Unlocking the value of HR to drive a change-ready culture

strategic change

Strategic HR Review is a bi-monthly academic journal from Emerald Publishing.

It is a leading publication for senior HR professionals.

Unlocking the value of HR to drive a change-ready culture” was published in the August 2017 Edition. It is an edited version of the HR Transformation Case Study in Chapter 34 of ‘The Change Catalyst’.

Article: Unlocking the value of HR to drive a change-ready culture (Strategic HR Review, August 2017 Edition. Vol. 16 Issue: 4, pp.171-176)

Author: Campbell Macpherson, Change & Strategy International Ltd, London.

Purpose: This paper aims to present a case study focused on developing a change-ready culture within a large organization.

Methodology/Approach: This paper is based on personal experiences gleaned while driving an organization-wide culture change program throughout a major financial advisory firm.

Findings: This paper details over a dozen key lessons learned while transforming the HR department from a fragmented, ineffective, reclusive and disrespected department into one that was competent, knowledgeable, enabling and a leader of change.

Originality/Value: Drawing on the real-world culture change intervention detailed here, including results and lessons learned, other organizations can apply similar approaches in their own organizations – hopefully to similar effect.

Extract of the article:

Culture is everything” declared Louis Gerstner when he was CEO of IBM.

He was half right. Execution is actually everything. It does not matter how innovative, clever or expensive your strategy may be – unless your organization is ready, willing and able to deliver it – the strategy will have been a complete waste of time.

Only your people can deliver your strategy. But of course, to do this, they will need an environment where they are encouraged to challenge the status quo and where they are allowed to fail and try again. If your people are to execute your strategy in this age of ever-increasing change, they will need a change-ready culture.
When I was asked to accomplish this for the UK’s largest financial advice network, the first place I started was HR.
Until that moment, my philosophy when it came to the ‘Human Remains’ department was to avoid it at all costs. Receiving a call from HR was akin to getting a surprise visit from the police: even if you are absolutely innocent of all possible wrong doing, for a fleeting instant you find yourself thinking that you must be guilty of something. As a management consultant, I found that HR rarely had the budget, the decision-making authority or even the influence that they professed to enjoy. As an employee, HR’s purpose in life seemed to be to make recruitment far more difficult that it needed to be, to pronounce edicts as a panicked reaction to the latest change in employment law or to launch an avalanche of last-minute job cuts as soon as the market hiccupped.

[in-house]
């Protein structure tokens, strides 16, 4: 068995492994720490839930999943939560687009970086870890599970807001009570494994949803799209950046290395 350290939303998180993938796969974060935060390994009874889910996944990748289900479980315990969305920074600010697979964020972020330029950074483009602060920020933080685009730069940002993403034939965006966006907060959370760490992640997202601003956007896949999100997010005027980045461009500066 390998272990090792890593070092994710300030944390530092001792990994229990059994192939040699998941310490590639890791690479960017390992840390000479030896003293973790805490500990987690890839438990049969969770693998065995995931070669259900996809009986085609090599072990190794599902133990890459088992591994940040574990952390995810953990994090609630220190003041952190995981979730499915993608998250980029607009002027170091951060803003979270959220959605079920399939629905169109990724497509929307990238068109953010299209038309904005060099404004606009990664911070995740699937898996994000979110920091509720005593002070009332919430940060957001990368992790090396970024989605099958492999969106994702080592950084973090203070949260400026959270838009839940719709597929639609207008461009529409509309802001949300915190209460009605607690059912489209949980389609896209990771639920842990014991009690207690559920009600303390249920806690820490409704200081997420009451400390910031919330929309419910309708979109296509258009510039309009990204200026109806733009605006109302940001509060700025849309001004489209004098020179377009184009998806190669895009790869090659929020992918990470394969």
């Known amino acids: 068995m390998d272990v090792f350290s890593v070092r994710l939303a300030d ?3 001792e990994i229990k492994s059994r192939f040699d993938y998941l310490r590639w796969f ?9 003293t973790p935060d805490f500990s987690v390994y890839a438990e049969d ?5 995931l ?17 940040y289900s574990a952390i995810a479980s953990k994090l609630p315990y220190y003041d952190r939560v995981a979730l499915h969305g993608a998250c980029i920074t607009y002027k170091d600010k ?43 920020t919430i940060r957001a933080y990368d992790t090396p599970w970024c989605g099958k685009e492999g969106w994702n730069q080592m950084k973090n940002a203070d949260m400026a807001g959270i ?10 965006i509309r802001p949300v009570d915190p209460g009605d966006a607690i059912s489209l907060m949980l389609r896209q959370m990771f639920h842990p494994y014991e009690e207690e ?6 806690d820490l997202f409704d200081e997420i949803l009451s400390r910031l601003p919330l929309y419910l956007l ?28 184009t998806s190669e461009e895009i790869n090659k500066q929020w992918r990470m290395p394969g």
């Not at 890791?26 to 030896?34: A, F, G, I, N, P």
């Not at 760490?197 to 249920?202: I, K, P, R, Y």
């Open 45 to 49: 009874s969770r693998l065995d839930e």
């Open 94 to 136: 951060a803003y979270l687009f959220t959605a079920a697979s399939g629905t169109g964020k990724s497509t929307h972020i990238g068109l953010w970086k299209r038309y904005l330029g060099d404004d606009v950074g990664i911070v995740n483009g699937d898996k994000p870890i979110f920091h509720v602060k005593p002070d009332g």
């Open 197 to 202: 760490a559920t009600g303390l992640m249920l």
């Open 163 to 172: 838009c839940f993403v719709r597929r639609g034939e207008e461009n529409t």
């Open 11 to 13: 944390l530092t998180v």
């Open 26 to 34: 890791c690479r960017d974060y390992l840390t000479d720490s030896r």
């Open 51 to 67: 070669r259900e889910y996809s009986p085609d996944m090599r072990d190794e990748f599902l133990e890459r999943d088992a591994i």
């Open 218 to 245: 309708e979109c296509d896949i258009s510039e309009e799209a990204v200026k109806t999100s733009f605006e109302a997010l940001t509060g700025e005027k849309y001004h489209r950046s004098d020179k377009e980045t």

However, each one of my preconceptions was to be turned on its head the day I was offered and, even more surprisingly, accepted the job of HR Director. One day I was a worry-free management consultant, all care but no real responsibility; the next, I was HR Director of a 1,000-person subsidiary of a FTSE 250 company.
Half of the HR department thought that appointing a ‘business’ person to lead HR presented an exciting opportunity for them and the department as a whole; the other half regarded my appointment as the gravest possible insult to their profession and the most ridiculous decision the CEO had ever made. My wife tended to agree with the latter group.
What no one had told me was that HR is tough! It has to do all the horrible, dirty jobs that no one else throughout the rest of the business wants to do. It is responsible for the thankless and Herculean task of ‘right-sizing’ the organization – and instructed to do it quickly, cheaply, impossibly error-free and in a manner that does not result in any of the Directors attending an employment law tribunal. It is responsible for the impossible task of ensuring that the annual pay rise and bonus processes are fair and run smoothly.
Every time an employee leaves (mostly, as has been proven in countless surveys, because of the poor quality of their immediate manager), HR is expected to fill the vacancy in the blink of an eye and is blamed for any and every delay in the process. They have to promote diversity in the workplace, yet still make sure that all roles are filled with the best possible candidates. They have employees bursting into tears one day, and senior managers berating them for ‘not putting the company first’ the next. It is tough, thankless, underrated and underpaid.
I learnt more in those four years as HR Director than in almost any period of my career.